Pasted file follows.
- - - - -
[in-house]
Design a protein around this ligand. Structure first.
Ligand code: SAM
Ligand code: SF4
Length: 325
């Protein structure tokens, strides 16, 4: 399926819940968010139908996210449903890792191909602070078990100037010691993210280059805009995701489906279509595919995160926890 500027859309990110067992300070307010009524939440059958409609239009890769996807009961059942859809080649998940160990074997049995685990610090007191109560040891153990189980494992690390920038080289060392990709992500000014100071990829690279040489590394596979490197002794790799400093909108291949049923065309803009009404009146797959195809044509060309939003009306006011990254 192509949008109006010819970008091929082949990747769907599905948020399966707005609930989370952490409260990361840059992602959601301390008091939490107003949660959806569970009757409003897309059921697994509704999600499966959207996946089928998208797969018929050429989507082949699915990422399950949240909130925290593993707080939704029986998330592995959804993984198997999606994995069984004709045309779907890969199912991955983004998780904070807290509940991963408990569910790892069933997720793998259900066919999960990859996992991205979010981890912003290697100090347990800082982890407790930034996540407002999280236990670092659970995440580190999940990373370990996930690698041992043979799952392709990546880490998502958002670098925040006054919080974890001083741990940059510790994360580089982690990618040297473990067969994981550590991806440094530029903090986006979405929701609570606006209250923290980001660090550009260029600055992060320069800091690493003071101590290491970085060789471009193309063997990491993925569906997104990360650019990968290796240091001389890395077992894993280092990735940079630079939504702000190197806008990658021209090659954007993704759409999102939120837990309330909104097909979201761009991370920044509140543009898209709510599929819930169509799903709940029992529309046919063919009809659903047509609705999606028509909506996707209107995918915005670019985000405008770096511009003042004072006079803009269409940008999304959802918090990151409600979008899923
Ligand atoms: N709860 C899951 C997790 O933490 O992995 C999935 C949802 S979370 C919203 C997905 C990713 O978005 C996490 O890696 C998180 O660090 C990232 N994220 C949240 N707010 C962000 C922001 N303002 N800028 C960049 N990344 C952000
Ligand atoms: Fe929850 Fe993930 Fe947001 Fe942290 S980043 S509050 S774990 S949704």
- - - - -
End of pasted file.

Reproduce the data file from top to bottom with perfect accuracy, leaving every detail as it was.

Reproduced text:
[in-house]
Design a protein around this ligand. Structure first.
Ligand code: SAM
Ligand code: SF4
Length: 325
């Protein structure tokens, strides 16, 4: 399926819940968010139908996210449903890792191909602070078990100037010691993210280059805009995701489906279509595919995160926890 500027859309990110067992300070307010009524939440059958409609239009890769996807009961059942859809080649998940160990074997049995685990610090007191109560040891153990189980494992690390920038080289060392990709992500000014100071990829690279040489590394596979490197002794790799400093909108291949049923065309803009009404009146797959195809044509060309939003009306006011990254 192509949008109006010819970008091929082949990747769907599905948020399966707005609930989370952490409260990361840059992602959601301390008091939490107003949660959806569970009757409003897309059921697994509704999600499966959207996946089928998208797969018929050429989507082949699915990422399950949240909130925290593993707080939704029986998330592995959804993984198997999606994995069984004709045309779907890969199912991955983004998780904070807290509940991963408990569910790892069933997720793998259900066919999960990859996992991205979010981890912003290697100090347990800082982890407790930034996540407002999280236990670092659970995440580190999940990373370990996930690698041992043979799952392709990546880490998502958002670098925040006054919080974890001083741990940059510790994360580089982690990618040297473990067969994981550590991806440094530029903090986006979405929701609570606006209250923290980001660090550009260029600055992060320069800091690493003071101590290491970085060789471009193309063997990491993925569906997104990360650019990968290796240091001389890395077992894993280092990735940079630079939504702000190197806008990658021209090659954007993704759409999102939120837990309330909104097909979201761009991370920044509140543009898209709510599929819930169509799903709940029992529309046919063919009809659903047509609705999606028509909506996707209107995918915005670019985000405008770096511009003042004072006079803009269409940008999304959802918090990151409600979008899923
Ligand atoms: N709860 C899951 C997790 O933490 O992995 C999935 C949802 S979370 C919203 C997905 C990713 O978005 C996490 O890696 C998180 O660090 C990232 N994220 C949240 N707010 C962000 C922001 N303002 N800028 C960049 N990344 C952000
Ligand atoms: Fe929850 Fe993930 Fe947001 Fe942290 S980043 S509050 S774990 S949704």